This post was originally published at Novelicious.com and is now at WritingTipsOasis.com. WritingTipsOasis.com acquired Novelicious.com in June 2022.
Last year I was interviewed for the Culture Show about my dirty little chick lit reading secret. They liked the idea that I worked in a military museum yet loved romantic fiction. It aired a couple of weeks ago as part of their World Book Night celebrations, with Sue Perkins looking into why people read popular fiction rather than literary fiction.
The whole experience made me really think about what I was reading and writing. Because I work in the arts, have a degree and masters degree and like cultural experiences, I’m supposed to appreciate literary fiction. Only given a choice on holiday or after a long day at work between a chick lit or a literary fiction, I’ll go for chick lit 99% of the time.
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When I was interviewed the researchers were really lovely, and took time to try and understand why I loved chick lit, but I don’t think they got it. They hadn’t read any chick lit books. They suggested that maybe one day I’d write historical fiction, after all it seemed like a logical step as I work in a museum.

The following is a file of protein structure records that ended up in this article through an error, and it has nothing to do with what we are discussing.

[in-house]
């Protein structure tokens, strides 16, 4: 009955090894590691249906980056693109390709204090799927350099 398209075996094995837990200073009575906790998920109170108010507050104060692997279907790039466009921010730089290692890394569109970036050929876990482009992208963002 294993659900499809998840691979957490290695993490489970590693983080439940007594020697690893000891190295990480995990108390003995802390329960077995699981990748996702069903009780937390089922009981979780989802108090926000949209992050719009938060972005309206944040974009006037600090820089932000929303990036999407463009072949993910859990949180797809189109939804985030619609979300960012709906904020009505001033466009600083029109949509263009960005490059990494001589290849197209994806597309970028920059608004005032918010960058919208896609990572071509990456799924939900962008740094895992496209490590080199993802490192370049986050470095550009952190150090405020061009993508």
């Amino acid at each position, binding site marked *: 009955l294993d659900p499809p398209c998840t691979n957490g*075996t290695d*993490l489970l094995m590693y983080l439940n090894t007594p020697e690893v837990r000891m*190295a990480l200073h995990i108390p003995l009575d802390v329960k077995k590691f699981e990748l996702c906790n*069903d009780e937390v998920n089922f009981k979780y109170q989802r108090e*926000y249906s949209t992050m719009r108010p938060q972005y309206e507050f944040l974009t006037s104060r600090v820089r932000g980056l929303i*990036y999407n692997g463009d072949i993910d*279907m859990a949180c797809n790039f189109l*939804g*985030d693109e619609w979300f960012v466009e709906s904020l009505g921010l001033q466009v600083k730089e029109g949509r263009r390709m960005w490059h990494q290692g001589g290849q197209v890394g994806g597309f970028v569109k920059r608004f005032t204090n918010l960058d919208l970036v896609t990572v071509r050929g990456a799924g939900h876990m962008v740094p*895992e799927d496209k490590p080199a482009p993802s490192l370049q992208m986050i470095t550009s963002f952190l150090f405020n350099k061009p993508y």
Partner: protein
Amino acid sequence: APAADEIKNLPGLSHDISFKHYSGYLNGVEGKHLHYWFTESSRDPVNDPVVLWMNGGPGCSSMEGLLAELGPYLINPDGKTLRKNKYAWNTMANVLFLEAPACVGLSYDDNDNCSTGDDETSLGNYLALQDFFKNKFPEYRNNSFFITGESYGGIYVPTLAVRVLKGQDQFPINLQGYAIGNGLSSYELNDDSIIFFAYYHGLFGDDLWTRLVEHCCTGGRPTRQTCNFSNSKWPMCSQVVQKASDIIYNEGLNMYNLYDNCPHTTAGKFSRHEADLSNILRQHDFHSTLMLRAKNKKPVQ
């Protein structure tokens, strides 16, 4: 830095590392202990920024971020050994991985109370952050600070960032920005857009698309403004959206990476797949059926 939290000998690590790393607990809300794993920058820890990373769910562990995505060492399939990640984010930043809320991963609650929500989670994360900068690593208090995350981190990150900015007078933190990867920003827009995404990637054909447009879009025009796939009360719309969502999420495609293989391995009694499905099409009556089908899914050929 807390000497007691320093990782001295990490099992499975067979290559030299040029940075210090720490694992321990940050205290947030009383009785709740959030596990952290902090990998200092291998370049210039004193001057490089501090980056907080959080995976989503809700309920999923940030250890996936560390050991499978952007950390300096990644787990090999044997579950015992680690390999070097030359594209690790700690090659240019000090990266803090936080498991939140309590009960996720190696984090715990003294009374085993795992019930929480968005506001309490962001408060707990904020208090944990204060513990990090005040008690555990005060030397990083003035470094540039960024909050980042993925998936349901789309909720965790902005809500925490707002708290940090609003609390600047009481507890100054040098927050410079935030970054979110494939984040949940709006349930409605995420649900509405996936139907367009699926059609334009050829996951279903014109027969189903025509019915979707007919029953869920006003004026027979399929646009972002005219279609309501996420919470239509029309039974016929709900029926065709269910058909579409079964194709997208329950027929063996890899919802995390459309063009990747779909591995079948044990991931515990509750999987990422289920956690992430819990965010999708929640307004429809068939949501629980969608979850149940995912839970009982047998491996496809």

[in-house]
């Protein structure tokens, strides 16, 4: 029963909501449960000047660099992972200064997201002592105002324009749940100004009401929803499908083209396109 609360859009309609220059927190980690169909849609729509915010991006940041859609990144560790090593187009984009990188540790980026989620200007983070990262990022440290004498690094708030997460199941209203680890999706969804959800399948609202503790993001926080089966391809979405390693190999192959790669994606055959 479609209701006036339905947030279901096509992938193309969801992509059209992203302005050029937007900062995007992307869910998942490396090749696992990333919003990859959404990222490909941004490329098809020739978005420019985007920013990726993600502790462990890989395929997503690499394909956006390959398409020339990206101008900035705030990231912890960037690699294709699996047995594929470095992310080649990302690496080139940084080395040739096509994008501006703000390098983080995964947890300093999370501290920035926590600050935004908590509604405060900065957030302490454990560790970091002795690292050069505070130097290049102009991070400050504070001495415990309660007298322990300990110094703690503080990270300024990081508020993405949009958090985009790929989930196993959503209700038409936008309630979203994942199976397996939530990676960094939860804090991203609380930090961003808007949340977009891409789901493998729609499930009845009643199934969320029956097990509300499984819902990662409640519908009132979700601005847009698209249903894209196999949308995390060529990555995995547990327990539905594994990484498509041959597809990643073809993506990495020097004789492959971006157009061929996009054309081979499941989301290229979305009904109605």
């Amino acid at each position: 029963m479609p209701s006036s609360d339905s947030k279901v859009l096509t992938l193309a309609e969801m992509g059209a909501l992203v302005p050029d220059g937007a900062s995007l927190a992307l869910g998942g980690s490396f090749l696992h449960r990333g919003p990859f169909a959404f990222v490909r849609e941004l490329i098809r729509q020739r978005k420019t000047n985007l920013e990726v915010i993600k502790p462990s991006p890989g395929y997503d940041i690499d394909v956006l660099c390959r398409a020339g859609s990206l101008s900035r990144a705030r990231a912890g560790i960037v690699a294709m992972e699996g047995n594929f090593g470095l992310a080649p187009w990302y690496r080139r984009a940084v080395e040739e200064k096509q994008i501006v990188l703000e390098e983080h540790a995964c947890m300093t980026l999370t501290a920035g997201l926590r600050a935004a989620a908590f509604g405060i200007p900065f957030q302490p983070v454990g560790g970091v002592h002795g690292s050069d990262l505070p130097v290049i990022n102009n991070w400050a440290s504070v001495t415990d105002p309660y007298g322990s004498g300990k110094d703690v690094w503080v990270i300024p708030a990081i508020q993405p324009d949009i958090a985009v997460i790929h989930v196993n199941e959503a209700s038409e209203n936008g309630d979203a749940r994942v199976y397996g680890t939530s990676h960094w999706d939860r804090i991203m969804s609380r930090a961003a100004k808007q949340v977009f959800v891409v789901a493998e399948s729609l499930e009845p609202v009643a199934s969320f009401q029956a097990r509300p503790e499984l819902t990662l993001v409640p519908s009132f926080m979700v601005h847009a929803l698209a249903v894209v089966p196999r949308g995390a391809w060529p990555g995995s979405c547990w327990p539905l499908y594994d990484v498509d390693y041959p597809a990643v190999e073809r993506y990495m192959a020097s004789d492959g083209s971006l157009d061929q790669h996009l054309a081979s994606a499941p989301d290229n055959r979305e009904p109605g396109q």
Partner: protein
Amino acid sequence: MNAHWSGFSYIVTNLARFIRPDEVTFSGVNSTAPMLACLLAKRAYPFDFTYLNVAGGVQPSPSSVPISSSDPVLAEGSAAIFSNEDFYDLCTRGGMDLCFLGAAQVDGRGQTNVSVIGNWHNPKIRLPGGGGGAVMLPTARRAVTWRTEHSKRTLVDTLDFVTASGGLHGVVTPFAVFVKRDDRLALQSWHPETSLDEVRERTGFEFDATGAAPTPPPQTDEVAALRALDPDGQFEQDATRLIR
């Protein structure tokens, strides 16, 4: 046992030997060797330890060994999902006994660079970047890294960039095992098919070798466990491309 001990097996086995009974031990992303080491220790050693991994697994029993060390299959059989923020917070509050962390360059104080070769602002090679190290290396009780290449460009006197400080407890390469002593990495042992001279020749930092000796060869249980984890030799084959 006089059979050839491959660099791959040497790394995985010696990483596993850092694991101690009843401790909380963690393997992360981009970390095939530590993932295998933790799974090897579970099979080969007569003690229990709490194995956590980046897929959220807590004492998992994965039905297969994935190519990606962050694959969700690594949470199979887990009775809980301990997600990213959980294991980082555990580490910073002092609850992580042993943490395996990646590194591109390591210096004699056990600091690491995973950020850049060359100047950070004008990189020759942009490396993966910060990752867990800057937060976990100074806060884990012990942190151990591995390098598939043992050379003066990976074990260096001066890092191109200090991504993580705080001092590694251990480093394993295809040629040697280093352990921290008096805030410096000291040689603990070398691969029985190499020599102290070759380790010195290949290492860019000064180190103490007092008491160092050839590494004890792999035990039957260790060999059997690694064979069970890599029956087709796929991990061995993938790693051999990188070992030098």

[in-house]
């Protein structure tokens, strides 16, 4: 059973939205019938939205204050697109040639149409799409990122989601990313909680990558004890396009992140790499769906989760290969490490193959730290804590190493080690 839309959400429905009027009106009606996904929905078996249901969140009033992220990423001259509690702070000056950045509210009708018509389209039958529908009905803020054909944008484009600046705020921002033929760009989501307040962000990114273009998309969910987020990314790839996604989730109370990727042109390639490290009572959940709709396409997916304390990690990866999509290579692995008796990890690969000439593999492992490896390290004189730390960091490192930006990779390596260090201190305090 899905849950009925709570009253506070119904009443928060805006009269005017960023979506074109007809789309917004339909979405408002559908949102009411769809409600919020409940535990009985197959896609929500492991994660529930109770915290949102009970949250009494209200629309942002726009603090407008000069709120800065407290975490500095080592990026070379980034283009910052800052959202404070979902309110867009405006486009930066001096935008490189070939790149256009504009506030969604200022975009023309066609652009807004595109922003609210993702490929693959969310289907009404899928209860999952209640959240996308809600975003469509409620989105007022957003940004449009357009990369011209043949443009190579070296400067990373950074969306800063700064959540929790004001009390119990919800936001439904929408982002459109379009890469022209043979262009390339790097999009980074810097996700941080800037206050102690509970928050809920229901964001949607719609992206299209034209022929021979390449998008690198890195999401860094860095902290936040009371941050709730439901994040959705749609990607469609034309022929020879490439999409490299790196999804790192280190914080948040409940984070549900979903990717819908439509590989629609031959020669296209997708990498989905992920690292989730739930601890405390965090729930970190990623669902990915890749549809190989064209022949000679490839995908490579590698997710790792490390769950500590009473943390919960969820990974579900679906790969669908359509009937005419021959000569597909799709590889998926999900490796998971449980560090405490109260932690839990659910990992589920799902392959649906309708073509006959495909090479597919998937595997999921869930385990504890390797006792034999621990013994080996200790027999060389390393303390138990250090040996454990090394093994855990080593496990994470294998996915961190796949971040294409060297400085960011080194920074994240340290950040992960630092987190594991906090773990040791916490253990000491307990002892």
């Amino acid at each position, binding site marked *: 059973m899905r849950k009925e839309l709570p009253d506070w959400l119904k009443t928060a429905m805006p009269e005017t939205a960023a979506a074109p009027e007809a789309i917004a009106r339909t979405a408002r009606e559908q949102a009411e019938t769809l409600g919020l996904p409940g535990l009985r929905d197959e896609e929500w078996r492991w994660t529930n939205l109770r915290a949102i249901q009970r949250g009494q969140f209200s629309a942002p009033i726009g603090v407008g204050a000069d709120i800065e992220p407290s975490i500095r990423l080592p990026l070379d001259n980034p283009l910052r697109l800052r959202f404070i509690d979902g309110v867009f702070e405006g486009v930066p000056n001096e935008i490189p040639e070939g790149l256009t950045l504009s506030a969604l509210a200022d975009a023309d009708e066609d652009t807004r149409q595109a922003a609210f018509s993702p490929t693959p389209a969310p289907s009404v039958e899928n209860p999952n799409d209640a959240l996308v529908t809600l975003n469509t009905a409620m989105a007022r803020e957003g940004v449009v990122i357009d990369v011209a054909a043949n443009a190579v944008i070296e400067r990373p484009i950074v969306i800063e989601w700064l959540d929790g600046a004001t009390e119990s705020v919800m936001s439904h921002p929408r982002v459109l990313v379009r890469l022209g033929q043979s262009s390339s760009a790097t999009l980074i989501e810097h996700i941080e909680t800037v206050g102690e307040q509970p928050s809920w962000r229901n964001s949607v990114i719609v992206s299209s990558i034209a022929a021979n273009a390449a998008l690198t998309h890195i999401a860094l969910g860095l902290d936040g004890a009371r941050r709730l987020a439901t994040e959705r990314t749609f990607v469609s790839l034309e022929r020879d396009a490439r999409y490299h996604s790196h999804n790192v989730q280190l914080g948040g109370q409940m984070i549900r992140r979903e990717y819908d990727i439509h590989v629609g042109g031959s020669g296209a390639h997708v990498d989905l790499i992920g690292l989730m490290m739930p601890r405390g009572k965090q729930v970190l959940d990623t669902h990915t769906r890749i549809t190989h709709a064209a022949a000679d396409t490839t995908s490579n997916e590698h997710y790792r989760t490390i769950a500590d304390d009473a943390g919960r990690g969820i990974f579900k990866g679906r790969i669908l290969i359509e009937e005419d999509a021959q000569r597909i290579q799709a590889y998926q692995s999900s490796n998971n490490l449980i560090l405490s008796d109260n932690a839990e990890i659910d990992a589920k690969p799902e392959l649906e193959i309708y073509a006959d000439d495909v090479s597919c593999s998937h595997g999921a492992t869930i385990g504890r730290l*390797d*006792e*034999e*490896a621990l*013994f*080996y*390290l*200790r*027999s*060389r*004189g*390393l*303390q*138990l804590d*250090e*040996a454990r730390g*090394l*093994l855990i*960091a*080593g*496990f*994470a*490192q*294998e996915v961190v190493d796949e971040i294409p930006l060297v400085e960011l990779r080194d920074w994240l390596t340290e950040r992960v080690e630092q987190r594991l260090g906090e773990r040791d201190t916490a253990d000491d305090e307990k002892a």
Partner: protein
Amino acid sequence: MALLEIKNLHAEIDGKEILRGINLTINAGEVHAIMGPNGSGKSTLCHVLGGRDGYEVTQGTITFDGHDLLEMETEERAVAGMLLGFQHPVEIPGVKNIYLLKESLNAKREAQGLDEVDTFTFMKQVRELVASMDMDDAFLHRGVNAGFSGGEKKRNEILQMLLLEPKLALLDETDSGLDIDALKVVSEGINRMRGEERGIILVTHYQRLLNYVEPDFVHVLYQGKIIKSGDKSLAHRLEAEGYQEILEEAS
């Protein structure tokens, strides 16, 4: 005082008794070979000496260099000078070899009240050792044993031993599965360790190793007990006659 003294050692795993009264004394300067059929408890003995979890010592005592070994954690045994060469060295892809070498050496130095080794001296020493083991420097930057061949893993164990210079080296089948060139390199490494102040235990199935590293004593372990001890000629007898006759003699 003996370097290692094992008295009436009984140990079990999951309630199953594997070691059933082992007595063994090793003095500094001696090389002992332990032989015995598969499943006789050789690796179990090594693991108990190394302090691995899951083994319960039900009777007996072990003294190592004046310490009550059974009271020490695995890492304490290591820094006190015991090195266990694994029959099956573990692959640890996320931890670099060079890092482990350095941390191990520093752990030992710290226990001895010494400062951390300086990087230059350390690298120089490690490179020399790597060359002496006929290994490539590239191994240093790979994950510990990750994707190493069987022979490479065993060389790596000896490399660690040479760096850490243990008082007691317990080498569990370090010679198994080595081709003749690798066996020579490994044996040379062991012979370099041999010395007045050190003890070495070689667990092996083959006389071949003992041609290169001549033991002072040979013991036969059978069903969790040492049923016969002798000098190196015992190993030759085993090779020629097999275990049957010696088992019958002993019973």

The funny thing is that it isn’t the first time I’ve had people suggest that maybe I could write another genre, as if writing chick lit wasn’t really good enough.
Clearly those people have not read chick lit, and have definitely not tried to write it.
I have friends that would categorically not read chick lit, except for mine of course should I get published. Yet they watch trashy television and have Dirty Dancing as one of their favourite films. So why is chick lit seen as more trashy or worse than films and TV?
I don’t think I would ever look down at people’s book choices. I’m even marrying a man who doesn’t read books (I know, he’s crazy) but it’s his choice not to read.
This is what I really wish people would do when I told them I was writing chick lit:
That they don’t think any less of me intellectually for writing it. That they don’t criticise a genre when they’ve never read anything from it. That they recognise it is really pretty hard writing a good book, any good book it doesn’t matter what its about. And finally that if I ever get published they judge it on the merits of it being a good book and not on its genre.